Emphasizing that God’s mercy extends to the most wounded sinners who confess and repent of their sins, Pope Francis opened the Year of Mercy by giving priests worldwide the faculties to absolve the sin of abortion.
Many American Catholics were confused by the pope’s edict because it was not commonly known that procuring or participating in an abortion cannot be absolved by priests without specific permission from their bishops. Anchorage Archbishop Roger Schwietz swiftly issued a statement to reassure local Catholics that priests in the Archdiocese of Anchorage have always received this faculty, as have priests from their bishops all across the United States.
“The image that I like to use for this is the fountain of mercy, which we approach in the sacrament of reconciliation, and it does not run dry,” said Dominican priest Father Mark Francis Manzano of Holy Family Cathedral in Anchorage, a parish that offers the sacrament of reconciliation every weekday during the lunch hour.
“There is nothing that the penitent, when he or she confesses humbly, cannot be forgiven of,” Father Manzano said. “This power that the pope has given to every priest underscores this.”
Still, Father Manzano anticipated that there would likely be some confusion about this announcement.
“I knew that the secular media would find a way to say that there was an inability to receive forgiveness for the sin of abortion before this point, which is not the case,” he said. “In my almost five years as a priest, I have never encountered a priest whose own bishop hasn’t granted him the ability to absolve abortion.”
Carol Szopa volunteers for the Project Rachel chapter in Anchorage, a national Catholic organization which ministers to those who have participated in abortion. Through meetings centering around Scripture, prayer and fellowship, Project Rachel provides a safe and healing place where the grief of abortion, often hidden and unexpressed, can be openly acknowledged and healed.
“Basically, we have a bunch of people who are walking around grieving,” Szopa explained. “They are grieving the loss of their child, and they don’t have a tool or anywhere they can go to have consolation. But we are there. That’s what we’re for.”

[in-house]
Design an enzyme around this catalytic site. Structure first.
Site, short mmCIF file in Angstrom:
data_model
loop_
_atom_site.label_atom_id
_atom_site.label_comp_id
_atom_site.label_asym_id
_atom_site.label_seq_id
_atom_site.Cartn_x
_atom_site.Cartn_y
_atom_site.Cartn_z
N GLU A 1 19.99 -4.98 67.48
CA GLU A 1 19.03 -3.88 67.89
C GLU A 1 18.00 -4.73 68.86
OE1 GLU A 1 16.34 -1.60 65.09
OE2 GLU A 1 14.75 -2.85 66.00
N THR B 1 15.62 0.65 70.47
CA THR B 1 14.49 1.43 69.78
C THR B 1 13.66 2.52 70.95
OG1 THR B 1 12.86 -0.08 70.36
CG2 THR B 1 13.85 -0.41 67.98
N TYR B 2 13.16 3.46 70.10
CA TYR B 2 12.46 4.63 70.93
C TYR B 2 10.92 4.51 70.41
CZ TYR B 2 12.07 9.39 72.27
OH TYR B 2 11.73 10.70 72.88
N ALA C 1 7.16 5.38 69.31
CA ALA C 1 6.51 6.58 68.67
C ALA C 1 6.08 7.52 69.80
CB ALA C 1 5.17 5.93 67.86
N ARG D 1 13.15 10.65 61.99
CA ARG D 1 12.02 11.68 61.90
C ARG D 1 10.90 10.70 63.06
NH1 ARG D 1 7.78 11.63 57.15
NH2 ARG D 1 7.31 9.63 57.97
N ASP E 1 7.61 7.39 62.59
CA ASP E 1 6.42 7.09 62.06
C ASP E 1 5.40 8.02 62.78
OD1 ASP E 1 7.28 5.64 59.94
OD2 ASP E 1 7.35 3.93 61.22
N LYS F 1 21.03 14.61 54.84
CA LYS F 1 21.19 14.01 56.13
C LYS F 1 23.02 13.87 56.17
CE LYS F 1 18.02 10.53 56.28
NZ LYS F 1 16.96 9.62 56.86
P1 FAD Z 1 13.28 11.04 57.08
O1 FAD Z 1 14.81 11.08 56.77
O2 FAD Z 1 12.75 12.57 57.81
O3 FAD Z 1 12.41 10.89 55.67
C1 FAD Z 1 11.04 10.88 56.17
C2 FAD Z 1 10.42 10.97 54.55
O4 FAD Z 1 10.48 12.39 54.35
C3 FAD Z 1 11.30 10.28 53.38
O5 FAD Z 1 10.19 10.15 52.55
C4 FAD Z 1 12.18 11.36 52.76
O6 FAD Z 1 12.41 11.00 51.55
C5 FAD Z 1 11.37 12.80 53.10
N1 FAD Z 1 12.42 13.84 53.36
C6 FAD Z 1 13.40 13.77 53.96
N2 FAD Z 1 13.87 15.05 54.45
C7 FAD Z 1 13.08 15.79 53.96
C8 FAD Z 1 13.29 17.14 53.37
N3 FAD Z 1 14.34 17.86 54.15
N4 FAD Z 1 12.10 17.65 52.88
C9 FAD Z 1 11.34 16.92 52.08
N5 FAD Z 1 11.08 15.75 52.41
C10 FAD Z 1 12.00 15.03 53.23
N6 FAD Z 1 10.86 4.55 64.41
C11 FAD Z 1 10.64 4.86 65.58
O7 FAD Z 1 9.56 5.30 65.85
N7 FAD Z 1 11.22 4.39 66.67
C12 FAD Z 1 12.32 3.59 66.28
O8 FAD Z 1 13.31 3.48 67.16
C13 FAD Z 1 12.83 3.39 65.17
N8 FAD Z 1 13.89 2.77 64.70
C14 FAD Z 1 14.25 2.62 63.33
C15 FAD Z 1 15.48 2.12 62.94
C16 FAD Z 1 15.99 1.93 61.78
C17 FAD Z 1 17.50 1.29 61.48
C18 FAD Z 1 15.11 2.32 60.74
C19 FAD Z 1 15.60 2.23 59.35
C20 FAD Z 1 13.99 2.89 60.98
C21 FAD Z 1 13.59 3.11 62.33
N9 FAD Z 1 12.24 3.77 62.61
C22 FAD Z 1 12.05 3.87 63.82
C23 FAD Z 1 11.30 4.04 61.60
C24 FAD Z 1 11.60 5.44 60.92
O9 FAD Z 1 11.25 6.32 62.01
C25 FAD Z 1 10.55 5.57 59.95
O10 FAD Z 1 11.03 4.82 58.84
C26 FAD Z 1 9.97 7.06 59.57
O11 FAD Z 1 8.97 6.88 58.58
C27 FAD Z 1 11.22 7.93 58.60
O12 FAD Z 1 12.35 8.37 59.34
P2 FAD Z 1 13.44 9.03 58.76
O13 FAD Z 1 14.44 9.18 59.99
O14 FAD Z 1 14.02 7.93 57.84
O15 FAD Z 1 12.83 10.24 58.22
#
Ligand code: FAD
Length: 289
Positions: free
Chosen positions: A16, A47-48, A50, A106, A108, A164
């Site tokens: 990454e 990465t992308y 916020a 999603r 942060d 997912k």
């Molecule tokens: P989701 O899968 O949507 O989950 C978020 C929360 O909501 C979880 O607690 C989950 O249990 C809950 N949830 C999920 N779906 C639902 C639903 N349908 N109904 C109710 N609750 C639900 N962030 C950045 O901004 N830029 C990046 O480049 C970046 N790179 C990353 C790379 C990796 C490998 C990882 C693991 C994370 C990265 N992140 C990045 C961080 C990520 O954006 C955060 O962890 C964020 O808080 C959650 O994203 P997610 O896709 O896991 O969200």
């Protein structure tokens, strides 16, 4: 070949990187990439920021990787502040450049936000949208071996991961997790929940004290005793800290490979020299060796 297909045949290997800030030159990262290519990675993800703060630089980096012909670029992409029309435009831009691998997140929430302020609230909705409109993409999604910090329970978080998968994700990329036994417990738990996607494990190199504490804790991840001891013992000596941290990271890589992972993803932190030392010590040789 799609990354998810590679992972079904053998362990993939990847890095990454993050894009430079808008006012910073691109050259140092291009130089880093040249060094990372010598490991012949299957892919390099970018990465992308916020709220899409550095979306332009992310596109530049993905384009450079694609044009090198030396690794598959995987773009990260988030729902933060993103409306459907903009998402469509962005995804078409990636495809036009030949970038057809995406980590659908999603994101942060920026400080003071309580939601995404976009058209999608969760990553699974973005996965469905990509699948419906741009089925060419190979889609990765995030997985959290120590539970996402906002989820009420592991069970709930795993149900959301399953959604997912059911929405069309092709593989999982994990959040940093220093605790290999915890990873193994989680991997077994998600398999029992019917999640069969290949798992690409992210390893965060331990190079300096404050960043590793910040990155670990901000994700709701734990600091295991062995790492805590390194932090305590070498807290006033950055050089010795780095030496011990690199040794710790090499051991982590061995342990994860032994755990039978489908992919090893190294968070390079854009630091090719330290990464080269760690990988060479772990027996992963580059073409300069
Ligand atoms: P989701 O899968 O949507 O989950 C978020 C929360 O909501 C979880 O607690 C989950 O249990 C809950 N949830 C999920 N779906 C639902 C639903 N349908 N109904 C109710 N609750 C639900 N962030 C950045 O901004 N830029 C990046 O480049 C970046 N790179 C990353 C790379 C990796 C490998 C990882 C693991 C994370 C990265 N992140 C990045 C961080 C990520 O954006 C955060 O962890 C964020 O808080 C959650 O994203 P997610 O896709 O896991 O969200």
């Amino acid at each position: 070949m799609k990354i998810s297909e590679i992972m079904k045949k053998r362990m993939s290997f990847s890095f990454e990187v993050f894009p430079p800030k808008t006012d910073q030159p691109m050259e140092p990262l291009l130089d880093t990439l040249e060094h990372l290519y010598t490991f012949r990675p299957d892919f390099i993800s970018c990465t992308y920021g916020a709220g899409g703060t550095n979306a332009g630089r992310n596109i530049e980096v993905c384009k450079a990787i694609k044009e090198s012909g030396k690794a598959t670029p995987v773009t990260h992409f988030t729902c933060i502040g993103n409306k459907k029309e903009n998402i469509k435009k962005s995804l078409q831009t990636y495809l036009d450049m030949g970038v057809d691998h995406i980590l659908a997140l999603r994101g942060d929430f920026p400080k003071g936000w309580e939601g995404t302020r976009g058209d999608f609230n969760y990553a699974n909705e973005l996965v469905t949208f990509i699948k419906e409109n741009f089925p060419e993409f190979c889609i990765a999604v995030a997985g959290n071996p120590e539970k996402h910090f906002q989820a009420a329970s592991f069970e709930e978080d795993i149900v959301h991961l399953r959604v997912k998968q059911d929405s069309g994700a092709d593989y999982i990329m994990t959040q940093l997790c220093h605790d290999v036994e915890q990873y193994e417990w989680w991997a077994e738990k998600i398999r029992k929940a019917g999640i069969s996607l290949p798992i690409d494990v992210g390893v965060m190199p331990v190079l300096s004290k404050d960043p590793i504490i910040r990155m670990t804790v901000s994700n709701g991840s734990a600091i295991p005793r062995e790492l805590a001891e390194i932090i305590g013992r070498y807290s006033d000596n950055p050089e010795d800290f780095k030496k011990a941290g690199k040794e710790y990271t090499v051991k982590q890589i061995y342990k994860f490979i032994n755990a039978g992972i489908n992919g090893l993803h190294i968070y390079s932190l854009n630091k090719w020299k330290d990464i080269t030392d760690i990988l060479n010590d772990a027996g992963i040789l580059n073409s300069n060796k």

In Szopa experience, she has noticed that it is often shame associated with an unplanned pregnancy which leads Catholic women to choose abortion.
“Anecdotally, college is a time when abortions happen, because they are scared,” Szopa said. “They don’t know where to turn because they are afraid they’ll be rejected by their Catholic community or parents. They don’t want to disappoint people. Also, not every Catholic is brought up with the same understanding about Catholic teaching.”
Szopa added, “Most women feel coerced in one way or the other. I don’t think that’s a religious thing. It’s an experience across the board.”
She is grateful for the recent papal announcement.
“Part of Project Rachel is to recommend participants to the sacrament of reconciliation,” Szopa said. “There has to be forgiveness from God. People who participate in abortion have to be able to say they’re sorry to God.”
Father Mark Francis has first hand experience of people confessing abortion in the confessional.
“The times that I’ve had a penitent come to confession and acknowledge an abortion, it’s usually after a very long time,” he said. “I immediately think to myself, ‘God be praised that this person has responded to the grace, that nudging, however long it took, and the person is seeking God, seeking forgiveness.’”
“By ‘long time,’ I mean years,” he explained. “At least a year. I can hear the physical sigh or tears beginning. A huge weight is gone. What a grace that I get to be a part of that. It’s a very delicate confession. There are always lots of tears. Not just tears of repentance but tears of rejoicing that there is forgiveness. They didn’t have to despair. Whatever obstacle was keeping them from coming to confession for so long is gone. It’s a beautiful moment.”
Szopa observed that, even after coming to repentance and confessing the sin of abortion, many people remain entrenched in shame and guilt.
“For some, they continually confess over and over again — it’s because self-forgiveness isn’t there,” she said. “Sometimes they need a bit more. To talk about the experience, to name the child.”
Many people, Szopa said, feel judged by the church and don’t feel worthy to come to Mass, even though they’ve been to confession.
“There’s a whole other piece of healing that has to take place for people to actually recover from abortion,” she explained. “The part that needs to be there is self-forgiveness, and that’s really the hardest part. That’s what Project Rachel does.”
Szopa emphasized that Project Rachel is not just for women. Men also participate in abortion and share in the effects of the loss of a child. Project Rachel ministers to men also, providing a safe space in which to come to terms with the reality of the loss and to grieve. Everyone is welcome.
“I think people can rationalize what they’re doing at a time when there is so much stress and pressure,” Szopa observed. “Even if you’ve taken someone to get an abortion, to drop them off, to give them money. Those are wounds that have to be healed as well.”
When people come for forgiveness, Father Francis emphasizes God’s mercy and willingness to restore what sin has separated.
“I mention the state of grace, of being restored to God’s friendship to be on good terms with God,” he said. “I always say, ‘Welcome back.’ When someone receives absolution, I get to see and experience with my hand outstretched the tears, the liberation that’s happening. You can see the spiritual change unfettered. It’s humbling.”